PORTLAND, Ore. (AP) — Cavities and tooth decay are on the rise among Oregon schoolchildren, according to a new survey of nearly 4,000 elementary students.

The oral health survey was last conducted in 2002, and since then, Oregon’s scores have dropped in every area.

More than one in three Oregon children needed treatment for tooth decay, according to the survey, and the rates of children ages 6 to 8 with past or present decay in seven or more teeth increased during the past five years. More than one in four had not seen a dentist the previous year.

Among the 32 states that conduct similar dental surveys, Oregon ranks 25th, seventh from the bottom, in the percentage of children with untreated tooth decay. All neighboring states — Washington, California, Idaho and Alaska — show better results.

The survey looked at 3,865 first-, second- and third-graders in 73 Oregon public schools last spring. A dental hygienist checked each child’s mouth, and parents filled out a questionnaire about demographics, health insurance and frequency of dental visits. More than one in three of the children needed treatment the day the survey hygienist examined them.

Gordon Empey, the state dental health consultant and a co-author of the report, said it provides more evidence that “oral disease is a silent epidemic,” as the U.S. surgeon general concluded in a 2000 report.

“Oral diseases are progressive and cumulative and become more complex over time,” Empey said at a panel discussion on dental health this week sponsored by Oregon Health Forum. “They can affect our ability to eat the food we choose, how we look and how we communicate. These diseases can affect economic productivity and compromise our ability to work or attend school.”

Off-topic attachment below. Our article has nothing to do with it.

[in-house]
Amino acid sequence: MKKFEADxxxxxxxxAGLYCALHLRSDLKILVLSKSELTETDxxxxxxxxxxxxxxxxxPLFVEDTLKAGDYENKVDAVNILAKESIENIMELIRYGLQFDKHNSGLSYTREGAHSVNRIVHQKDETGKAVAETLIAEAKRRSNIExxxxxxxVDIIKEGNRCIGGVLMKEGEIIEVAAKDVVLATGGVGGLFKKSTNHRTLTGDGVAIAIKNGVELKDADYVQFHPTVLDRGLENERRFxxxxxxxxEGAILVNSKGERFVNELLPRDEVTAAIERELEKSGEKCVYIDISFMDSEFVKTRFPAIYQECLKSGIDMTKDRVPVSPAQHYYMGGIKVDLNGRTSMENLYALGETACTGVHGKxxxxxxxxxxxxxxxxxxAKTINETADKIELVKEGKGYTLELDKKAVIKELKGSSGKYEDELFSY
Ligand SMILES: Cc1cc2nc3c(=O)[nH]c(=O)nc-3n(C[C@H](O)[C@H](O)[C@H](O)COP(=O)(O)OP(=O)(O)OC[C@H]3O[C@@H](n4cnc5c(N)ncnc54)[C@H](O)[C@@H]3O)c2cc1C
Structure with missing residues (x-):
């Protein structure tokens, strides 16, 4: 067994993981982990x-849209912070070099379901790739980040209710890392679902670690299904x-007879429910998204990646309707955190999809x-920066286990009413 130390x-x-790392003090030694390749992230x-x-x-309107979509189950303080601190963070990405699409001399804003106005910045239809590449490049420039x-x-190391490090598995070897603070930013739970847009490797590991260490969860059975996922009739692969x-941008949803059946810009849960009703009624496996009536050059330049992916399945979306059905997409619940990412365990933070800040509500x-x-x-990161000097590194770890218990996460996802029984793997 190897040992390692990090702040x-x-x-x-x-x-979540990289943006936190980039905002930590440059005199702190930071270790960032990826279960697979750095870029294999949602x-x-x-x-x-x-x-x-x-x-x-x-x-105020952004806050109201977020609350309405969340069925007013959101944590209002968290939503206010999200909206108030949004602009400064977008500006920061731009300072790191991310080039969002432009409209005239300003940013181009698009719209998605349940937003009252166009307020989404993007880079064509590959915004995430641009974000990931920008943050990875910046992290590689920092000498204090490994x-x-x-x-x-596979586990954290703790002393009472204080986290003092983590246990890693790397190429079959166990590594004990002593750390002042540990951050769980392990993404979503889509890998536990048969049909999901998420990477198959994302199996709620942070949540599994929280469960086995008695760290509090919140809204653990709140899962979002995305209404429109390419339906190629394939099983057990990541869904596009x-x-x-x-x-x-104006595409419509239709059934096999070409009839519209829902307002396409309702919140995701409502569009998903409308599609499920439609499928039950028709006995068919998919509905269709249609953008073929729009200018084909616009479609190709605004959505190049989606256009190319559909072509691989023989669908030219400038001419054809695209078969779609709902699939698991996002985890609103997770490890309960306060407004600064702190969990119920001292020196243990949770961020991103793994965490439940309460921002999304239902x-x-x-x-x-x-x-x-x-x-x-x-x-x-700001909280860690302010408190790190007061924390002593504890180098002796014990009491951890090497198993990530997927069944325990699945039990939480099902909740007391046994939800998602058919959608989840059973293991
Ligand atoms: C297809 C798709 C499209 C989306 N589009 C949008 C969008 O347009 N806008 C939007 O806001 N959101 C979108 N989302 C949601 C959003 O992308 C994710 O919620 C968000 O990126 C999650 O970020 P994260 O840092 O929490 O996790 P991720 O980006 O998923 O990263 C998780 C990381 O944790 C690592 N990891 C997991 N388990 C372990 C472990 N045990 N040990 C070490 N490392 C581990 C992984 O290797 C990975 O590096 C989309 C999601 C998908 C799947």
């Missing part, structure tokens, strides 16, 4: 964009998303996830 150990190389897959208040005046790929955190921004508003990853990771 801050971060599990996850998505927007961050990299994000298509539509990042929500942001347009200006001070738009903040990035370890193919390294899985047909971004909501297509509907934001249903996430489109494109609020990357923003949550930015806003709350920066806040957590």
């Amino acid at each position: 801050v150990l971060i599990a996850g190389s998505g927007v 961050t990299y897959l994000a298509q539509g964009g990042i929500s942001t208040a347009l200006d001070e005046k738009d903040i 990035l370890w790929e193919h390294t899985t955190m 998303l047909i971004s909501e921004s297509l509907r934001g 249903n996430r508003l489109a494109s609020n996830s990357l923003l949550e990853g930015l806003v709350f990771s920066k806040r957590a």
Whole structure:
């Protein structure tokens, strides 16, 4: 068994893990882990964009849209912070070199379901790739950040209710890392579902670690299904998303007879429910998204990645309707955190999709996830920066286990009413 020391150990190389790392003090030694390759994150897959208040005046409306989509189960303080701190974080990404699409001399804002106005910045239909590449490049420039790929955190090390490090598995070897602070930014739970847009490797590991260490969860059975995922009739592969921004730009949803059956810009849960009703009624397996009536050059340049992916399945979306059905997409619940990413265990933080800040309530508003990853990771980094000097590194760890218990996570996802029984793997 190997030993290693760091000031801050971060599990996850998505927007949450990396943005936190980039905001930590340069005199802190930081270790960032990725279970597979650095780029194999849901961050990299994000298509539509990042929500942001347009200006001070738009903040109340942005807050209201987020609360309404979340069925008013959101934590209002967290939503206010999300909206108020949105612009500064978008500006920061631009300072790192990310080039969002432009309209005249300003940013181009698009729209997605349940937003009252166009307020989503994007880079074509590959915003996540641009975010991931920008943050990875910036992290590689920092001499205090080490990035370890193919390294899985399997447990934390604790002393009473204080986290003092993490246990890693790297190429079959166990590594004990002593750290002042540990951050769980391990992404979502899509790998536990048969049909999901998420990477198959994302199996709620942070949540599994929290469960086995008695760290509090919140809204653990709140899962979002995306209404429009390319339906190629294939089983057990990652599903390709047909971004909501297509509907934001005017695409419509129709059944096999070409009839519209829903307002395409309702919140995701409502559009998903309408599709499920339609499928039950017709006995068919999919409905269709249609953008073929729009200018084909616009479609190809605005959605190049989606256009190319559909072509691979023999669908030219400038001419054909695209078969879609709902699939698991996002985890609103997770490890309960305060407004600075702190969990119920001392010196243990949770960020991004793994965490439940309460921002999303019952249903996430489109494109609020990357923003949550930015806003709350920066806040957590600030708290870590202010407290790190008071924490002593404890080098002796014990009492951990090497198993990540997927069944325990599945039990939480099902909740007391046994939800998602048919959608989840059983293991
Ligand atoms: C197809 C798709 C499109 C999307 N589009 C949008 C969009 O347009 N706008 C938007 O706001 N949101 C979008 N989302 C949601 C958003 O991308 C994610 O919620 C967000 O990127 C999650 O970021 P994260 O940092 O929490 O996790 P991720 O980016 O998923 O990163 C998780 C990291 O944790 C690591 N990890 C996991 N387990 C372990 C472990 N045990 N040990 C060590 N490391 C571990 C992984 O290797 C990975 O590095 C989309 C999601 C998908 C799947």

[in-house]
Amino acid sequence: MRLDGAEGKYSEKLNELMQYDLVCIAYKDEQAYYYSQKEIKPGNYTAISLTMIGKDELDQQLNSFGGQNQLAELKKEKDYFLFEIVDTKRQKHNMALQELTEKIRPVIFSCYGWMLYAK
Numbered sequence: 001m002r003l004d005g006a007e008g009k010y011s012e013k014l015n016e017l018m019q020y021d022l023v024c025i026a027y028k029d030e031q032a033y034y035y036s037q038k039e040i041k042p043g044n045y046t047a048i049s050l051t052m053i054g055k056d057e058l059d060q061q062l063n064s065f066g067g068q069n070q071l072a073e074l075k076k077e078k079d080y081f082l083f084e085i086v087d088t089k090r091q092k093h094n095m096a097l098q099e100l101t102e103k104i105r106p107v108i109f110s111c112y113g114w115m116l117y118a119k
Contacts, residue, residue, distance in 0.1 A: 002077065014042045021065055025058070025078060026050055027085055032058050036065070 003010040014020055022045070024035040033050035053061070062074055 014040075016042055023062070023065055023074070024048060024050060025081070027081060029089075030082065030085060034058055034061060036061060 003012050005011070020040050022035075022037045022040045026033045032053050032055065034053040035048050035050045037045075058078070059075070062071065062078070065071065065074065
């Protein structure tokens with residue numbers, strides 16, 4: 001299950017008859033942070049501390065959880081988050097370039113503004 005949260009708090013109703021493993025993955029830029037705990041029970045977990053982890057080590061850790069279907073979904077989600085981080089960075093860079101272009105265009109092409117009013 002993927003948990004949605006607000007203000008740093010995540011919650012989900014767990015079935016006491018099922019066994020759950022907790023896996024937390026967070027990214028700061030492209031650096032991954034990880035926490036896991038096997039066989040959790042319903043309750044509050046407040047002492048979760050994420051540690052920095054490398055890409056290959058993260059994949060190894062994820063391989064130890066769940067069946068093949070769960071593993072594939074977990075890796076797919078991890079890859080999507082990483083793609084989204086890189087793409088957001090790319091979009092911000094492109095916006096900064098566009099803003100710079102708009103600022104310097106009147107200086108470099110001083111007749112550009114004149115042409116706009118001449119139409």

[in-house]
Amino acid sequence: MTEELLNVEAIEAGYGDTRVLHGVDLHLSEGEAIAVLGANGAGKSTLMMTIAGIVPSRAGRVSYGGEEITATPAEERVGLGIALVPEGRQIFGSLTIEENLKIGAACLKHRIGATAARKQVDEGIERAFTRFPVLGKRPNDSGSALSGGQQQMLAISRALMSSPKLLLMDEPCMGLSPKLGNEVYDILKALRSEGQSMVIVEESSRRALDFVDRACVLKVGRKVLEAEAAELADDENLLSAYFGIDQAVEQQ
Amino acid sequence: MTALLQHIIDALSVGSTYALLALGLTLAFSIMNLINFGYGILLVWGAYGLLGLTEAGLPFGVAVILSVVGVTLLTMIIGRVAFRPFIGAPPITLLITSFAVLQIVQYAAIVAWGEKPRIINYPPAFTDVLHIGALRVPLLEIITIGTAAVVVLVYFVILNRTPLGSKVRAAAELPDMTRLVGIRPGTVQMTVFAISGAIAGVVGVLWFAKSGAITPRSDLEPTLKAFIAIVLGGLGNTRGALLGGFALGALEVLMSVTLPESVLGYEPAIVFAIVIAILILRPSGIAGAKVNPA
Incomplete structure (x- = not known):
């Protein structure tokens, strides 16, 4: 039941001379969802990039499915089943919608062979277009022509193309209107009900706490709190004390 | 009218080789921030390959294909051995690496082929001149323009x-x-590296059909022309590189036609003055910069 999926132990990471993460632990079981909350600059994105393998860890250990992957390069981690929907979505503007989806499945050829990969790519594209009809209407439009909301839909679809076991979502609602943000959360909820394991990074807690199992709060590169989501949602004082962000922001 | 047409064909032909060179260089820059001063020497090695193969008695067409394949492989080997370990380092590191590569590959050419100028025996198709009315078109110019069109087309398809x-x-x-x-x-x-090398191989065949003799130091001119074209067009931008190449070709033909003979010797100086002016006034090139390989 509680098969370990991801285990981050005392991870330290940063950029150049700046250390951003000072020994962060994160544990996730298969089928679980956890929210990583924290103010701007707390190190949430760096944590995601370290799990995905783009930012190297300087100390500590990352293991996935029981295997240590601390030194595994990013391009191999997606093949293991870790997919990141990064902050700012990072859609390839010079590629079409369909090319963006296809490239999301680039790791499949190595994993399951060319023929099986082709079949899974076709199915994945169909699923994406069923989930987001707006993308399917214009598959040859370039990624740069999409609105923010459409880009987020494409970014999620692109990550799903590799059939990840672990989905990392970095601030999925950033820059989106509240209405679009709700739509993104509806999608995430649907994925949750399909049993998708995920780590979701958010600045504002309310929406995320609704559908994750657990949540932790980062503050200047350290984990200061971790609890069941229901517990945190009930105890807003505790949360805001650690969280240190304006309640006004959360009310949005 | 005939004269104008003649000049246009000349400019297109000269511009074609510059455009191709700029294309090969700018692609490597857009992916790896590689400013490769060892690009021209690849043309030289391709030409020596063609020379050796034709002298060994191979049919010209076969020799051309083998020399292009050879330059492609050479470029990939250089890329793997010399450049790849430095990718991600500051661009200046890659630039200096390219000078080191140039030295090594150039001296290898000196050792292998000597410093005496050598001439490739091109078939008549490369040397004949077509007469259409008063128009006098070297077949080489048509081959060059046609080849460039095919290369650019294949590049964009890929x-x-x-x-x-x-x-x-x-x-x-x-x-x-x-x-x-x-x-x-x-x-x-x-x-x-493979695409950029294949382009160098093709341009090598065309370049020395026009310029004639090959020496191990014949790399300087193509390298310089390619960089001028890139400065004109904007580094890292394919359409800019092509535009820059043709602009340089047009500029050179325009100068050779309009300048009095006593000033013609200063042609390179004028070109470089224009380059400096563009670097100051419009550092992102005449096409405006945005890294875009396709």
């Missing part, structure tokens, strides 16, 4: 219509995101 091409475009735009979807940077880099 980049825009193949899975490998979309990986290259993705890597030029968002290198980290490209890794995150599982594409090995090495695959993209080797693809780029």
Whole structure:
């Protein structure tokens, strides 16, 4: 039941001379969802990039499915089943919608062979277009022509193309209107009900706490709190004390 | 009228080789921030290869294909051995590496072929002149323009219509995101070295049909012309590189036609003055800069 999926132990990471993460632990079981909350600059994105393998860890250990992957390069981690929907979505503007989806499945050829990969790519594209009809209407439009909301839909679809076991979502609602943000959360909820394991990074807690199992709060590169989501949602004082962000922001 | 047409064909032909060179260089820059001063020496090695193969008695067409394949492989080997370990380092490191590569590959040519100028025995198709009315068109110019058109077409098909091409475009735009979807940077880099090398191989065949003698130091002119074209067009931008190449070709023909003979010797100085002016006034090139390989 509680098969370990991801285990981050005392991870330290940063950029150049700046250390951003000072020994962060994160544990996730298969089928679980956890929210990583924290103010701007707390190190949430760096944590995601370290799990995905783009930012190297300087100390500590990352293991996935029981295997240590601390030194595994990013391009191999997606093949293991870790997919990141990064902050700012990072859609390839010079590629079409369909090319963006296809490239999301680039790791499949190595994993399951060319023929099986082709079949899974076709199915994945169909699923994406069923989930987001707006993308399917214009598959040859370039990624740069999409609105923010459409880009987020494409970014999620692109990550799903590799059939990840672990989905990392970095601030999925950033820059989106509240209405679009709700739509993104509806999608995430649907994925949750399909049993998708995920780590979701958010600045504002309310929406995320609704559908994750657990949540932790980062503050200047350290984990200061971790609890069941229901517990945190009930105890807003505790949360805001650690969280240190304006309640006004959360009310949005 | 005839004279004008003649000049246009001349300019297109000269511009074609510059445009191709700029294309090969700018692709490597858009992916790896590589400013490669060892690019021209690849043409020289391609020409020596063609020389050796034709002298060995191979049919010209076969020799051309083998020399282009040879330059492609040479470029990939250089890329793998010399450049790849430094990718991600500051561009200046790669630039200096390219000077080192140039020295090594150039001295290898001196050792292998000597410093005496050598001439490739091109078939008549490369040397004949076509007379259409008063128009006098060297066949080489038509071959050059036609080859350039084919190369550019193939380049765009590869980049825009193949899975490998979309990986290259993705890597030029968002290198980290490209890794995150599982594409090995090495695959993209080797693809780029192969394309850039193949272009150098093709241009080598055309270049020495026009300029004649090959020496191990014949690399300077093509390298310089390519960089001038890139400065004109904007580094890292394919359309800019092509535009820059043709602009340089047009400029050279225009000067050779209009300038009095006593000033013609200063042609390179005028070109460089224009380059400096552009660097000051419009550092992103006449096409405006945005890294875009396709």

Dental disease is higher among children in rural Oregon than in the Portland metro area. It’s also higher among those who lack dental insurance, the poor and minorities.

The urban-rural gap in dental care shows up especially in children with a need for emergency treatment of dental pain or infection. In the Portland metropolitan area, the survey found, 1 percent of children need such urgent care. Outside the metro area, it’s 6 percent.

The report made four recommendations:

Fluoridation of water supplies. Oregon ranks 48th — ahead of Hawaii and New Jersey — among states in the percentage of residents using fluoridated water. Most dental experts tout fluoridation as a safe, cheap and effective way of preventing tooth decay, but in Oregon a coalition of anti-government conservatives and environmental groups has blocked statewide fluoridation.

• Early prevention, beginning as soon as age 1.

• School-based fluoride supplements for children in communities without fluoridated water.

• A school-based dental sealant program.